Dog Days

Every day I pass a house that has a German Shepherd dog tied out beneath a pine tree. The dog has shade and I see what appears to be a water bowl.  The owners take the dog in at night.  In other words, its most basic needs are met.  When I think about the limitations placed on that dog’s life, however, how his muscles and mind are atrophying from the stationary existence he is forced to live out under a tree, I want to cry–and to steal the dog.  Yet, this dog’s life is better than lives lived by many other animals and, for that matter, many people.  I believe our society’s unthinking indifference towards animals feeds our mistreatment of the weak and the powerless of all species including our own.  Small things accumulate into large problems; most things fall apart slowly, one board or brick at a time.

The German Shepherd is visible, but many dogs languish in suburban boredom, at least Monday through Friday.  A few ideas to break up the boredom without derailing your busy schedule include frozen Kongs, you can even use them for feeding main meals; wet food can be stuffed in and then frozen, while kibble can be added and then capped with peanut butter before freezing.  “Grass” feeders;  working for the food gives your dog a mental challenge.  Puzzles for dogs also challenge the dog to think as they attempt to locate treats.  Canine fitness games can give you and your dog a fun, indoor training outlet when the weather is too cold for long walks.

What are you doing to enrich the lives of the living being in your care each day?

First Things First

One night several years ago my dog lost her trail at a busy intersection.  The scent she was following had washed down the banks of the road into the ditches on either side.  As cars passed, remnants of the scent trail floated away making it extremely difficult for my dog to follow it further.  I became frustrated because I thought my dog had just stopped working.  Because I focused on the perceived misbehavior, I couldn’t see the actual problem–or what my dog had done right!  All I saw was that she had started eating grass and jumping up on bystanders instead of working.  Later, to my chagrin, I realized that these behaviors were signs of her stress, presumably stress she felt over her failure to please me.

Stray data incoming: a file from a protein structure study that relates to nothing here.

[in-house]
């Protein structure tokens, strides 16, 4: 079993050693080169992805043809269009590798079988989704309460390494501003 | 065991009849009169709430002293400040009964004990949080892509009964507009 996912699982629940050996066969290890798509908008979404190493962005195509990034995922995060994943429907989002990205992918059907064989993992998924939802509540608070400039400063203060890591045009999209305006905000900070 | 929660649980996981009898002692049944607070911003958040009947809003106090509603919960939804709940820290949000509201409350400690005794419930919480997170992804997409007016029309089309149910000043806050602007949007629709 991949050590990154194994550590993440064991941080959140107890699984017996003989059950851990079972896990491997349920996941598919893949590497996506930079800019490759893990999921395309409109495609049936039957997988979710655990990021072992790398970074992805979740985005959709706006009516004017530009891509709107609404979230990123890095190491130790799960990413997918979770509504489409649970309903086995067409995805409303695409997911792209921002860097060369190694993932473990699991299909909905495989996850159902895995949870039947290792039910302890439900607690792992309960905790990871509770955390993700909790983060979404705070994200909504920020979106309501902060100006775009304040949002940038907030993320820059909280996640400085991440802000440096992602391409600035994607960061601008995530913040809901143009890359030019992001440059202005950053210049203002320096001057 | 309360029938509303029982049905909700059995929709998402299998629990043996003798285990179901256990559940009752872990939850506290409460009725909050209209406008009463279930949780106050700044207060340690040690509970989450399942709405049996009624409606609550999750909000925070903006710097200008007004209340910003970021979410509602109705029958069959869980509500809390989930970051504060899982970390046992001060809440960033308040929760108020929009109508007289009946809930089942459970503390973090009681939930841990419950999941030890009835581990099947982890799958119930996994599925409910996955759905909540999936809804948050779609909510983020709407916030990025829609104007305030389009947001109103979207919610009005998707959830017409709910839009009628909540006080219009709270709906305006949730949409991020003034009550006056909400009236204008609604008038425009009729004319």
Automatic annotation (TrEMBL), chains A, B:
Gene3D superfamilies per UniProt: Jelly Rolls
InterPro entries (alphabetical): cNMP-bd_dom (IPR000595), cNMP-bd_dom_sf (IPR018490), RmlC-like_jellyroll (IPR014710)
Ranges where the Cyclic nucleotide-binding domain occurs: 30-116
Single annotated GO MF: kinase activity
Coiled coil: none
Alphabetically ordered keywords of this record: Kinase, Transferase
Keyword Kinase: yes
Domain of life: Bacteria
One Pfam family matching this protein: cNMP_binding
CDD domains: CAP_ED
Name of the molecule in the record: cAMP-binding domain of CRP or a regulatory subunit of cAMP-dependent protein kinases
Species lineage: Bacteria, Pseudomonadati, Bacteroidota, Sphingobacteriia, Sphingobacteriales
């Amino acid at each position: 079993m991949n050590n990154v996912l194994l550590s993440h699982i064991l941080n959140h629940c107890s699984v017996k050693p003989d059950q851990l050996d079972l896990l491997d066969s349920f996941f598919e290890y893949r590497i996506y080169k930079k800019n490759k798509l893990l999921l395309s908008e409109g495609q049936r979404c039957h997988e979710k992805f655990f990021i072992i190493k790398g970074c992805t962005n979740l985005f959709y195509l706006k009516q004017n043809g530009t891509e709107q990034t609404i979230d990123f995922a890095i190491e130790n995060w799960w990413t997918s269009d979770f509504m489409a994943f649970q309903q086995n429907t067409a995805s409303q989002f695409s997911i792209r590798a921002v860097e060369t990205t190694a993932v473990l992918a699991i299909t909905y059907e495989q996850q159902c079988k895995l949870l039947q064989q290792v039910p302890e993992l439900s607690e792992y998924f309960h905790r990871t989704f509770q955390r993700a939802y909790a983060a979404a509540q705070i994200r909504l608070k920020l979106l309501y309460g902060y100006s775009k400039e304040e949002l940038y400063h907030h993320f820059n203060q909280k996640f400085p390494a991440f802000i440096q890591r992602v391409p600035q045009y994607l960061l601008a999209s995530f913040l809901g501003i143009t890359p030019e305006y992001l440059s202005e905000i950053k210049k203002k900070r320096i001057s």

Fortunately for both of us, a more experienced tracker instructed me to back up and re-cast her over a part of the trail where she had worked scent before, and, sure enough, she went back to work–right up to the road, where, once again, she stopped.  This time the handler suggested that I put her on lead and take her across the road.  I did and again she went back to work, quickly finding her hidden helper, much to her delight. It had been an exceptionally hard trail!

Like my dog, we all are searching for something or other.  And, like her, we work hard at it.  We tend to focus on failure and fail to see strengths, however.  We refuse to modify our plan, show flexibility, or simply laugh when things fall apart–most things in life are not life or death.  Often we fail to formulate a true goal.  Unsurprisingly, we get frustrated.  It’s hard to make it to the end of the trail if you’ve lost all scent of it and are beating yourself up, or, worse, don’t know what you’re looking for in the first place!

That night, I learned that I must stay neutral when my dog loses her way.  Provide a little help and encouragement, instead of simply criticizing failed efforts.  I don’t mean we should accept failure, just don’t punish it.  Most importantly, learn from it, and look out for small successes to reward.  One step at a time, we can all get where we wish to go.